I talk a lot about being autistic. Because I am autistic. It is a fundamental part of who I am. Deeper than that. It is who I am. I am not neurotypical, I am different. Without autism in my DNA, I would not exist. And I hear the imaginary gaggle of well-meaning NTs telling me that I shouldn't let my disability define me as a person. That it isn't who I am. But they are missing the point entirely. And so, in my bumbling meandery way, I will endeavor to explain why autism pride is a thing and why I need to tell all of the people about my autisms!
Standard disclaimer... I am one autistic person. I am speaking here about myself exclusively. All autistic people are different, just like all neurotypical people are different! Imagine that ;)
Situations generally arise like this... I'll be meeting new people and, as my standard, much practiced introductory speech, I will mention that I am autistic. (And also that I can't eat gluten. And that I love planners....). And in a lot of cases the new NT I am meeting will ask me why I feel the need to out myself as an autist. Which I'm pretty sure is NT speak for 'You could pass as normal! Why would you not want to pass as normal?!'
Because I am autistic. Because I am proud of my differences. My strengths, my abilities. All of the quirks that somehow combine to make the awesome lady I am. When you try to tell me that autism is something I should hide (something to be ashamed of?), then that is really extremely insulting. I am autistic and I chose to take pride in my part of the neurosdiversity spectrum <3
Autism Pride! Segway... The sin of pride! Having recently come to embrace my status as a Bad Catholic, I am currently reveling in trying to experience all of the sins, as often as possible. Sin points! More on this soon, probably...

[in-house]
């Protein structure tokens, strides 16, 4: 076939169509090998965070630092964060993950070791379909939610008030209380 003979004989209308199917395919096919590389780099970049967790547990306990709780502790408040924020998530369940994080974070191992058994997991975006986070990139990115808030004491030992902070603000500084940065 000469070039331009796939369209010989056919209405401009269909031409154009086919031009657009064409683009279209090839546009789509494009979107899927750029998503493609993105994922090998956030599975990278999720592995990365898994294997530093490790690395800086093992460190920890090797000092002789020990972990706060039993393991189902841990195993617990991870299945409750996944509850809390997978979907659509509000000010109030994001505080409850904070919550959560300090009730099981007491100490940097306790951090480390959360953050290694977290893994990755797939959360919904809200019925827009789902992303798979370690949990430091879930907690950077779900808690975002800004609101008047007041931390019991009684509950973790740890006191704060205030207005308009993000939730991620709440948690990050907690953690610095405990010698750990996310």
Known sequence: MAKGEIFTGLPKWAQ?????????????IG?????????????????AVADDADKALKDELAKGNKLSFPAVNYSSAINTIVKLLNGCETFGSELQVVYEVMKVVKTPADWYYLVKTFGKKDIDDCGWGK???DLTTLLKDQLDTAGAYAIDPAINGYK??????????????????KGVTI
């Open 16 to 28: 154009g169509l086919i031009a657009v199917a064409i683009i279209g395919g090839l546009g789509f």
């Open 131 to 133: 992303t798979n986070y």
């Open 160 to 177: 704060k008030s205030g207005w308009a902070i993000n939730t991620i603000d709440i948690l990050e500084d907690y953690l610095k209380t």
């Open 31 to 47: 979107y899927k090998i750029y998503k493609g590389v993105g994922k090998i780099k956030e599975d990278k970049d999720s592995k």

It has recently occurred to me that lots and lots of people still have no clue what autism actually is. This, in and of itself, is a huge problem. And a problem that can only be solved by autistic people actually talking about autism. As often as we want to. A really good explanation of what The Autism Spectrum actually looks like can be found here. And I'm sharing the bulk of it visually too because it's just that good!
So yeah, when I tell you that I am autistic it is because this information is important to me. Sharing this information is very very important to me. It is basically my mission (never ever underestimate an autistic person with a mission!). I am not telling you this to elicit sympathy! I do not need anybody's sympathy. If I am talking to you about my autism, it is because I want you to actually know who I am. And I would like to show all of the people that my disability comes with many strengths and many weaknesses, but that the main point is that autistic people are just different. Not less. And that I am autistic, but also an intelligent, (relatively) independent adult who owns her own body and mind and does not need protecting (mostly.)